[I run the risk of coming across as cynical, pessimistic and negative by this post – I’ve been accused of being each of the three in three separate circumstances by three different people. So kindly send better adjectives my way].
I consider myself privileged to have been alive the day India decided to go cashless (November 8, 2016). With no TV set in my room, I only knew when my roommate arrived around 9:30pm exultant and jumping “I’M SO HAPPY NOW ALL MY IAS UNCLES ARE GOING TO JAIL”.
If you think this is going to be yet another article slamming the demonetisation-drama-debacle (come on, it came in a package), then no. Too late for that. And I know even the people that only scroll down their FB feed had enough of it. The trolls felt distasteful after a while, probably on account of mocking a mockery that was playing out in real life. I mean it’s all funny until you run out of money yourself.
Don’t get me wrong, I’m all for less-cash economies. But if you’re anything remotely Indian or have really visited this place (and not just prosperous pockets of it), you’d know we’re lightyears away from a cashless economy, SO WHO WERE WE KIDDING? (Who was kidding who might have been a better question but I hope all questions have been appeased by now).
Casual fun fact about me: My stomach can’t digest beef. Now that casual lynching’s been crossed out, read on knowing that the author’s still alive.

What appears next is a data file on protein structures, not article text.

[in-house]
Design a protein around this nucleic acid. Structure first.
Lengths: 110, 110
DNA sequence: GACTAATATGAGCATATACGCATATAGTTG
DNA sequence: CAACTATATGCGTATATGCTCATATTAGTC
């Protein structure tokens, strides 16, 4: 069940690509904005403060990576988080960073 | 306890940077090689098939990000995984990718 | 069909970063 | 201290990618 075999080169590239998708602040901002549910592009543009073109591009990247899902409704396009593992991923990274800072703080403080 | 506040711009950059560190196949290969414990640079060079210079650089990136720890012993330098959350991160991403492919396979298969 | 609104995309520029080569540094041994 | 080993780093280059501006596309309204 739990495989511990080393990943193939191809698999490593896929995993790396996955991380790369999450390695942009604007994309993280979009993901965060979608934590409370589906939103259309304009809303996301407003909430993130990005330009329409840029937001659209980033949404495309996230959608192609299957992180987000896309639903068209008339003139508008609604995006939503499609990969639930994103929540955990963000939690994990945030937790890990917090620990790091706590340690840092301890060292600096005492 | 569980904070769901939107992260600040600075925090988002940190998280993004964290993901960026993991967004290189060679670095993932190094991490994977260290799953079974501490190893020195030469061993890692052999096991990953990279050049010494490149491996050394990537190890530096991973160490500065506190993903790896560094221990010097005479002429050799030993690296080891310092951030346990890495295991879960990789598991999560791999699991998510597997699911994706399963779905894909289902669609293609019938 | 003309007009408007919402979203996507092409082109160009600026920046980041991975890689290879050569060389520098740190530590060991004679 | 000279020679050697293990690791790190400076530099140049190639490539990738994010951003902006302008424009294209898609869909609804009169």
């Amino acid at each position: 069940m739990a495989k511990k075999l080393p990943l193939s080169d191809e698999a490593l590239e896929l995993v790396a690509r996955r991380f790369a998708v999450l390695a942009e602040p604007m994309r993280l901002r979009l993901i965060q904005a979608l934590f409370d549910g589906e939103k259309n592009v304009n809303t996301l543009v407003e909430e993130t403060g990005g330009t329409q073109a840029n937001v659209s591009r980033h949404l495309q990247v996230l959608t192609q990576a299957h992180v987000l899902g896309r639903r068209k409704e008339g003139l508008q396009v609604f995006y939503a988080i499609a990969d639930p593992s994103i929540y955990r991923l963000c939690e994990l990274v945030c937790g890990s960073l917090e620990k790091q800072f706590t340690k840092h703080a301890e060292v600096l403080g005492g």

Anyhow, this post is to share MY FAVORITE NEWS ARTICLE from the past one year. I guess it took a while to make it to the blog, mostly because there were trolls, satire and what-not being churned out everyday on the topic, and I generally dislike commotion.
I copypasted in case you didn’t want to left-click on the link. It happened in Delhi.
‘Digital’ village asks what’s netbanking – The Hindu (09/02/2017)
‘Digital’ village asks what’s netbanking
Around 10 days ago, a team of Delhi government officials handed over two PoS (point of sale) machines to kirana (grocery) store owners Surat Singh and Ramesh Kumar, both residents of Surakhpur village in Najafgarh, on the Delhi-Haryana border.
The officials taught the two how to use the machines. On Wednesday, when The Hindu visited the village, where the front walls of most houses are plastered with cow dung cakes, it found Mr. Singh’s machine “safely” locked inside a drawer in the shop. Mr. Singh (60), who runs the store his wife Raj Kor, said, “I run a small shop. People come here to buy basic items and the bill amount is usually low. For other necessities they go to ‘Delhi’.”
‘Who will bear cost?’
He said initially some curious customers tried to use the machine, but now there were hardly any requests for online payments. Mr. Singh does not know who will pay the Internet charges for the machine whose plastic cover is still intact. Also, the Internet connectivity is poor in Surakhpur. “Most of the time the server is down,” he said.
The approximate population of Surakhpur is 1,500 and the nearest bank and ATM are around 3 km away in Mitraon village. This effort to promote cashless transactions in Surakhpur started on December 26, when Sub-Divisional Magistrate Anjali Sehrawat, along with her team, inspected the area. A camp was set up and people were asked to get their Aadhaar cards made and fill up forms for opening bank accounts. “The purpose was to ensure that in each household at least one person has a bank account. Surakhpur was chosen for this pilot project due to its less population,” said Ms. Sehrawat.